That is the way it’s supposed to work, anyway. I can only strive to pray this way. I am not free and independent of opinions, ideas and feelings, so help me, God. Fr. Nouwen raises it to the next level in the next paragraph: “Christ is the one who in the most revealing way made clear that prayer means sharing in the power of God. Through this power He turned His world around.” [2] Good grief. How can I possibly enter into prayer with such a high bar set for me? First Father Nouwen, that giant of prayer, and then the example of our Lord Jesus? Talk about feeling small and inadequate.

I’ve had this regular blog for several years now, and I do strive to follow God in prayer. Clear, unambiguous statements like the ones Fr. Nouwen made set me back on my heels.

They are counterbalanced by Fr. Nouwen’s follow-up statement: “Praying, therefore, means being constantly ready to let go of your certainty and to move beyond where you now are….This is why praying demands poverty, that is, the readiness to live a life in which you have nothing to lose so that you can always begin afresh.” [3] Oh, dear Lord, how I wish I could be so free, to have truly nothing to lose.

I hesitate to even begin to pray this way. Rather, I have begun, in the past. I have spent some time with God, resting in God’s presence, but exerting power? Not being swayed by opinions, ideas, and feelings? Dear Lord, I need help from You. I feel like such a beginner, especially when I read such words. Help me to pray, Lord.

@chaplaineliza

Like what you read? Disagree? Share your thoughts with your loved ones and continue the conversation.

Why not visit my companion blogs, “the best of” A Year of Being Kind.  #PursuePEACE. My Facebook page, Pursuing Peace – Thanks! And, read my sermons from Pastor, Preacher Pray-er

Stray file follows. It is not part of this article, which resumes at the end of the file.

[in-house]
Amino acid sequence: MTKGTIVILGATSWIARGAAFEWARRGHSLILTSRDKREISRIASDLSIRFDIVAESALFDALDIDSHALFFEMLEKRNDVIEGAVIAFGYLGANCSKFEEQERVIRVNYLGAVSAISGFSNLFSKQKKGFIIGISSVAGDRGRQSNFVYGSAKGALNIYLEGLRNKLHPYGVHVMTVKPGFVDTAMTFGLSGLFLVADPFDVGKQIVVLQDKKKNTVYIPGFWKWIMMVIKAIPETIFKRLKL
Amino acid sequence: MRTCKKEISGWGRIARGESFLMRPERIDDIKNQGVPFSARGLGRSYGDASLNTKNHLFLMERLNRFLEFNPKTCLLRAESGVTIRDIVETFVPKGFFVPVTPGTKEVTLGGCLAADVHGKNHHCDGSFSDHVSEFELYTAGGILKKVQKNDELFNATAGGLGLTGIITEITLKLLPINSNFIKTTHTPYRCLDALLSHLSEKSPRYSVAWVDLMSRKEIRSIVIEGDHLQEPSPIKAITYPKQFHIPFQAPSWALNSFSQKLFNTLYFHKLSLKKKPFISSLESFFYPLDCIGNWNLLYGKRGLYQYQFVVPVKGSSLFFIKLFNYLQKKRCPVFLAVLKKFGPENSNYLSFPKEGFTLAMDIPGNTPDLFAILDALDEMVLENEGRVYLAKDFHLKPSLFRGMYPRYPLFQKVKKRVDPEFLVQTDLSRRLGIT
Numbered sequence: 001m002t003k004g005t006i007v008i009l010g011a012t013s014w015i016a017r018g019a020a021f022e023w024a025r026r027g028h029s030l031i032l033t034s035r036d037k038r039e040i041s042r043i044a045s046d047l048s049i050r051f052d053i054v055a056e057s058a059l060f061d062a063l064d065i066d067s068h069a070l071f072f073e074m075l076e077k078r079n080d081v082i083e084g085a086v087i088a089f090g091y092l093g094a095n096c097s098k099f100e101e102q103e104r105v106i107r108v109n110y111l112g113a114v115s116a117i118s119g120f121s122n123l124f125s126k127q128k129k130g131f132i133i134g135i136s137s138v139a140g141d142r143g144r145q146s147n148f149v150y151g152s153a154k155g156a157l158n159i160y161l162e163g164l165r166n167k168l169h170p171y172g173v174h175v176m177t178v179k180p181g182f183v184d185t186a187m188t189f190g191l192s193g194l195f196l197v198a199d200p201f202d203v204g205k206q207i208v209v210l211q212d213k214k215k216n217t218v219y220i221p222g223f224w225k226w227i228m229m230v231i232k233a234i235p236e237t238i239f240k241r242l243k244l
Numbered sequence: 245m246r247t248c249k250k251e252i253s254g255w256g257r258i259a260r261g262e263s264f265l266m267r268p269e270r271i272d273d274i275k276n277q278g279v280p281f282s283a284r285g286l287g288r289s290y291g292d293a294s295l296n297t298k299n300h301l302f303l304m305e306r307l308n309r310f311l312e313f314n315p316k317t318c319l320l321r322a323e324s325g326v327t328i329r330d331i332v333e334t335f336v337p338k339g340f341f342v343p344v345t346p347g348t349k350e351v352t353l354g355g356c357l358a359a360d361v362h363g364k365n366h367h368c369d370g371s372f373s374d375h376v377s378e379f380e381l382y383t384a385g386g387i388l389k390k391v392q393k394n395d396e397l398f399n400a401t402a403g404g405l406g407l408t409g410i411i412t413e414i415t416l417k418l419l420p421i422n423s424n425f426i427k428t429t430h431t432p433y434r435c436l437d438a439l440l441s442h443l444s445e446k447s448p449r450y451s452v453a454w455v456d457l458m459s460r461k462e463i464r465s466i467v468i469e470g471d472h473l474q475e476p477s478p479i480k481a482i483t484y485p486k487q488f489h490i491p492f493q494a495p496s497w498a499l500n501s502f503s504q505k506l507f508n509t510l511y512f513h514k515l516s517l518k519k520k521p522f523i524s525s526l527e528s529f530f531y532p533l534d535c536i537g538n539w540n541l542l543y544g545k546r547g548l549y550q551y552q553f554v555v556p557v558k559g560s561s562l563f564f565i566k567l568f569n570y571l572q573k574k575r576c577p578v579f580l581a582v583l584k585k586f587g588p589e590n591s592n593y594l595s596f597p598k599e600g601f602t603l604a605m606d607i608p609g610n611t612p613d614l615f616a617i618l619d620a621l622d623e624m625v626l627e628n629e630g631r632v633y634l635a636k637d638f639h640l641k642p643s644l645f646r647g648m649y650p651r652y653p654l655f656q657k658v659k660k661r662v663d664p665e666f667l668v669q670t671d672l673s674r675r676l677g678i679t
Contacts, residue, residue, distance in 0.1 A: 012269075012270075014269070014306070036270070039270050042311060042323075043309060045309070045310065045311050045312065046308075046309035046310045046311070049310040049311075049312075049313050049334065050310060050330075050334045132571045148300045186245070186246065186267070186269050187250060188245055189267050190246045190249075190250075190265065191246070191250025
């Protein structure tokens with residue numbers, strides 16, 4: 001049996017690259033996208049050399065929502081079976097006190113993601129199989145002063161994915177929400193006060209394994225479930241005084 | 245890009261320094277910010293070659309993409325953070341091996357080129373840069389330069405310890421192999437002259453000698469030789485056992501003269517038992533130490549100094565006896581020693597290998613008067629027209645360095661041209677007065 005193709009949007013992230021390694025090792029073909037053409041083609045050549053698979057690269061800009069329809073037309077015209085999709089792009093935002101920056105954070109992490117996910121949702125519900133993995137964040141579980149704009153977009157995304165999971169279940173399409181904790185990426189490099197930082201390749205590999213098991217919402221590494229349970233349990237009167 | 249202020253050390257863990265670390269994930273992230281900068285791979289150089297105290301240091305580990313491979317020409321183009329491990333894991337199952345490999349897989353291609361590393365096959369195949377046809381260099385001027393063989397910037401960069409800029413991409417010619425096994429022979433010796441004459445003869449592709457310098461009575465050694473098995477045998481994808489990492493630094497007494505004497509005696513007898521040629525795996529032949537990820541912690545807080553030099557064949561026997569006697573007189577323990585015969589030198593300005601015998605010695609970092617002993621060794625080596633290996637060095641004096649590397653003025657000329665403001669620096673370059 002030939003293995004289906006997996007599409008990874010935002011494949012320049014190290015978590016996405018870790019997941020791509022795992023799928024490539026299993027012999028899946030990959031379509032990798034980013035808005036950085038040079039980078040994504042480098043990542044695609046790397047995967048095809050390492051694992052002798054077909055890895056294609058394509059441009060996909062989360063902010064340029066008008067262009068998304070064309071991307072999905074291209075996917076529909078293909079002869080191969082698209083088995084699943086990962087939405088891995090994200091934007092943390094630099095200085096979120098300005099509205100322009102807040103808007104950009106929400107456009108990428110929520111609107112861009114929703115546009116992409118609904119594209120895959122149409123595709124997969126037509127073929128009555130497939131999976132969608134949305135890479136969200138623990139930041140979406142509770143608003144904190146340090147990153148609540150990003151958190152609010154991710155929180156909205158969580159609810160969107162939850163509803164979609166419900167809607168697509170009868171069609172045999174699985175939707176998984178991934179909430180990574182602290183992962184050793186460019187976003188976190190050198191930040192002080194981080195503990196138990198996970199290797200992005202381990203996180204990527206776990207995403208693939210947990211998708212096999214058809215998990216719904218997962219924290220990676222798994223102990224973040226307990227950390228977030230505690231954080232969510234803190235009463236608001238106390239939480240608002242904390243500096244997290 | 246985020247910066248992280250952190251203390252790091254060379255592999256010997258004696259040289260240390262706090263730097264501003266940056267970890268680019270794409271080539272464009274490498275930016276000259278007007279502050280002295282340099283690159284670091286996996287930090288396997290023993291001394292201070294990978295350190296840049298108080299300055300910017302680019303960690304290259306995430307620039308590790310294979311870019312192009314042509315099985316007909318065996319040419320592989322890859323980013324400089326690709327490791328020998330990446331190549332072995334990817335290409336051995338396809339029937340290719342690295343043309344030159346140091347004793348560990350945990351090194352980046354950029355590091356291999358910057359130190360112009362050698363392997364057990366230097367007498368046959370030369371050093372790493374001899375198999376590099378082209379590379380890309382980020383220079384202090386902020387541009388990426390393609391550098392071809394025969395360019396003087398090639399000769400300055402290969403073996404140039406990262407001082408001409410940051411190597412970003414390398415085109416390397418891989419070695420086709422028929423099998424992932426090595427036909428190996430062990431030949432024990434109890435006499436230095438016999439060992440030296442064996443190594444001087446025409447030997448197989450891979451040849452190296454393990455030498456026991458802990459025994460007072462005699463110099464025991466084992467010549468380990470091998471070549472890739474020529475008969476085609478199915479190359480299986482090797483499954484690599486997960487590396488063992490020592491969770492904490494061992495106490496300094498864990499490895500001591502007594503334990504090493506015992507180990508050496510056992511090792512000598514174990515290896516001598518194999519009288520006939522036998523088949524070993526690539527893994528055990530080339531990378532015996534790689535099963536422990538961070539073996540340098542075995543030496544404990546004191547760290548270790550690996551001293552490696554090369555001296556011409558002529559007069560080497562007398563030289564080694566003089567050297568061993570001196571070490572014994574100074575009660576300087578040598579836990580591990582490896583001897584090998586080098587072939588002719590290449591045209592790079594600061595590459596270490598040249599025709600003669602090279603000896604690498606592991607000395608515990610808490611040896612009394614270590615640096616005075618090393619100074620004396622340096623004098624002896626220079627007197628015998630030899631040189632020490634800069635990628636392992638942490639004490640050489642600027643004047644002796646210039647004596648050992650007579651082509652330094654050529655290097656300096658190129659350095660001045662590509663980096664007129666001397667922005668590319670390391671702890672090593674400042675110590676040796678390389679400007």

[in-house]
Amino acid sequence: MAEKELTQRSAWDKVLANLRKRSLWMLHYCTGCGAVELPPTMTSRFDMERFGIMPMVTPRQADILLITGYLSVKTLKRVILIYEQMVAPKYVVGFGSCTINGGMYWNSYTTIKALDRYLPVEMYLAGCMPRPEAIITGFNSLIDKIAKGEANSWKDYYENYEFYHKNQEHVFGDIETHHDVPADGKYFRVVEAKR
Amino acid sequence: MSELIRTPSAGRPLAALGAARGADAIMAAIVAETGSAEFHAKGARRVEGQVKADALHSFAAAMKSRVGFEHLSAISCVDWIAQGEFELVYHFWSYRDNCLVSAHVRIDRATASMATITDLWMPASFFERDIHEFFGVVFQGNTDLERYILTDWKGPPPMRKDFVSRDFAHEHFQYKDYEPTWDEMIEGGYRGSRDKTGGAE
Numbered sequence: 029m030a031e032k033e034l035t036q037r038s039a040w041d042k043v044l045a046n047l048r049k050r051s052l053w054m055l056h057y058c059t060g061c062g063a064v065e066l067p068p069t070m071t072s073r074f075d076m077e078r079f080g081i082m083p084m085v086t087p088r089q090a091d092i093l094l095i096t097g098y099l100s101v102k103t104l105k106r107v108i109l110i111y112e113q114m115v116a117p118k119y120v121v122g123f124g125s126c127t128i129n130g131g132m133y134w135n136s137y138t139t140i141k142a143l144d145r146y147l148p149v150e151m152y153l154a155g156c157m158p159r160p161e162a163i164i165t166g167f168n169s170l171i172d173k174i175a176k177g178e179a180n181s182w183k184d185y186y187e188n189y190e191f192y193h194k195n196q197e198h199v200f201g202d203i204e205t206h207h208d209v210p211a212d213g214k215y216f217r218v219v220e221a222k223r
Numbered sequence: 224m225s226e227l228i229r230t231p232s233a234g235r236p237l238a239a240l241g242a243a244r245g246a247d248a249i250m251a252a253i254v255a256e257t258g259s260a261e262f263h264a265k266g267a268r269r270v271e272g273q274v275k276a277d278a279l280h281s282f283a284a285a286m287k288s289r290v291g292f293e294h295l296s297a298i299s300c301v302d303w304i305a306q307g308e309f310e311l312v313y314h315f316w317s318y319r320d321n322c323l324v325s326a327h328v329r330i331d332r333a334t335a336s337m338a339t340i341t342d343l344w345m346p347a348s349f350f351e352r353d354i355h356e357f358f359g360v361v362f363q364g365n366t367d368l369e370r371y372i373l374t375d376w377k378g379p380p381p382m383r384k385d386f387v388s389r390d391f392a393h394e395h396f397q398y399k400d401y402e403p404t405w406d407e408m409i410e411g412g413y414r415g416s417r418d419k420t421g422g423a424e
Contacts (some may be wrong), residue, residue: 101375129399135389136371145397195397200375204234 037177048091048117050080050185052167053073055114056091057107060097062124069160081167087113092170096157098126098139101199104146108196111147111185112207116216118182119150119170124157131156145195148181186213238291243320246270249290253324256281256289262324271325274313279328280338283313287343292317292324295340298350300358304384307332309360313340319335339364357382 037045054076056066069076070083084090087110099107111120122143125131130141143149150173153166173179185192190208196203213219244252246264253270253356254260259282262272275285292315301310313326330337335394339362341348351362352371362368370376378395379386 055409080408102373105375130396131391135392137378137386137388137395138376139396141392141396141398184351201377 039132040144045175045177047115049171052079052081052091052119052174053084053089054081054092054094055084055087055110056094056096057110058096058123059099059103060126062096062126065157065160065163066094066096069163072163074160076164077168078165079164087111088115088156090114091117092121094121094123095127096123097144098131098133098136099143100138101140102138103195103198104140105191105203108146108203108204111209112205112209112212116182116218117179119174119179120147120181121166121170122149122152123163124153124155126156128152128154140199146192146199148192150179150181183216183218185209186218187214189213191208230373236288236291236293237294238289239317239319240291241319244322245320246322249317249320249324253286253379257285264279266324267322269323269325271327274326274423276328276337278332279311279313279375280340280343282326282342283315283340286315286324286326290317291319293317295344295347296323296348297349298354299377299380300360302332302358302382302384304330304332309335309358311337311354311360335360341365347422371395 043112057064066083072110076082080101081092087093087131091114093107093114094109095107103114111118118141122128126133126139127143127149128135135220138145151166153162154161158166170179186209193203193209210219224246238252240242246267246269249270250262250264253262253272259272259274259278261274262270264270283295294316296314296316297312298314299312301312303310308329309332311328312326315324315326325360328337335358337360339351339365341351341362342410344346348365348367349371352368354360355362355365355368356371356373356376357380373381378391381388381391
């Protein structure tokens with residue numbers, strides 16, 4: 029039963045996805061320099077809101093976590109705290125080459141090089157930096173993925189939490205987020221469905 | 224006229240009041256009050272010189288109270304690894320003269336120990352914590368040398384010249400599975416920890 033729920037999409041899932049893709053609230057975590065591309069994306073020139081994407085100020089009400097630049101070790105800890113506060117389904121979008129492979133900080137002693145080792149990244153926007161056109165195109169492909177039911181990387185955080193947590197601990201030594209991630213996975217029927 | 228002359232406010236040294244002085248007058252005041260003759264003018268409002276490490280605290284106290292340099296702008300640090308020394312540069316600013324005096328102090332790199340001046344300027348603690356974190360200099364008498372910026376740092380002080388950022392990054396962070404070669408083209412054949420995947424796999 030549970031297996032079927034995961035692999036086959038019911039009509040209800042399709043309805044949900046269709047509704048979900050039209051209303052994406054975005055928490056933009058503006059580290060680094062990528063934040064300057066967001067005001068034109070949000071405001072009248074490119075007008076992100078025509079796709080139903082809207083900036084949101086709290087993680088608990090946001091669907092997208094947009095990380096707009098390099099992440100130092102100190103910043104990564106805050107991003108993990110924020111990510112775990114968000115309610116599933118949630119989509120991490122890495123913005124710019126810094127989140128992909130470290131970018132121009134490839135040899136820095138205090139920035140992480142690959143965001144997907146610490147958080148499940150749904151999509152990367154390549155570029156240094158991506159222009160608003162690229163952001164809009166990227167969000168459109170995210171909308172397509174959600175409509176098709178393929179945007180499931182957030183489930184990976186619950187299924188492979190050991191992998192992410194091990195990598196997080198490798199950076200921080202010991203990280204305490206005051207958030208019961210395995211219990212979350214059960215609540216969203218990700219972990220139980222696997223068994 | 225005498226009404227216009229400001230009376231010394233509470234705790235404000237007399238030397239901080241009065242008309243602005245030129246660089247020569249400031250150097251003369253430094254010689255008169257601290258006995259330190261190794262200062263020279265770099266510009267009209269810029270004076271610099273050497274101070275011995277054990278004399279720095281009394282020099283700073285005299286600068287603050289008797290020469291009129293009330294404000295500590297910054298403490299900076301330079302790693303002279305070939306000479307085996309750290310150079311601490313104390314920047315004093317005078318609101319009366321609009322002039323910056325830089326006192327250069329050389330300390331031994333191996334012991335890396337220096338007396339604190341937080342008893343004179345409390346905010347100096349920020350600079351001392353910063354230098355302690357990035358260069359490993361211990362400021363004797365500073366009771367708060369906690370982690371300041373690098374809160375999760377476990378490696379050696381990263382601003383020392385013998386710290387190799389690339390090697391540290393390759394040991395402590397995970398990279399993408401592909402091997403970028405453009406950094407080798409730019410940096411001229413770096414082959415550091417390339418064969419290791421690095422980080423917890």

[1] With Open Hands: Bring Prayer into Your Life, Henri J. M. Nouwen (United States of America: Ave Maria Press, 2005), 116.

[2] Ibid.

[3] Ibid, 117.

Breaking Down Barriers

Matterofprayer: A Year of Everyday Prayers – Monday, March 19, 2018

Gal 3-28 all one, words

Breaking Down Barriers

The Apostle Paul talks about barriers several times in his letters. Not only about breaking down barriers between people, between Jews and non-Jews, between male and female, slave and free, but also between us and God. (That is, all of us—humanity—and God.)

This caused me to reflect on the breaking down of barriers today. It seems to me that God would be pleased if followers of God were to break down barriers in all areas today. Not only racial and social, but in terms of gender, class, accident of birth, ethnic and cultural barriers, as well.

It seems as if racial, ethnic and cultural tensions are on the rise. It is not just my imagination. Just over the weekend, The New York Times reported a marked spike in hate crimes here in the United States. Specifically, hate crimes against Jewish people between the years 2016 and 2017 are up over 50 percent. [1] And, this is not an isolated occurrence.

In Detroit this past weekend an experiment disgruntled many people. A mock “no Irish pub” was “part of an experiment to raise awareness about how poorly Irish immigrants were once treated in the U.S. against the backdrop of prominent modern-day conversations about race and immigration.” [2] This mock-pub had a bouncer outside who gave verbal abuse to people of Irish ancestry and people who were wearing green—as was common around the turn of the 1900’s, with signs in shop windows that said “No Irish need apply” for help wanted positions. “Century-old newspaper articles that described Irish immigrants as “simians,” “too lazy to work” and members of “a servant race” helped fuel bouncer Bill Johns’ language as he sat outside the pub, telling people they couldn’t come in.” [3]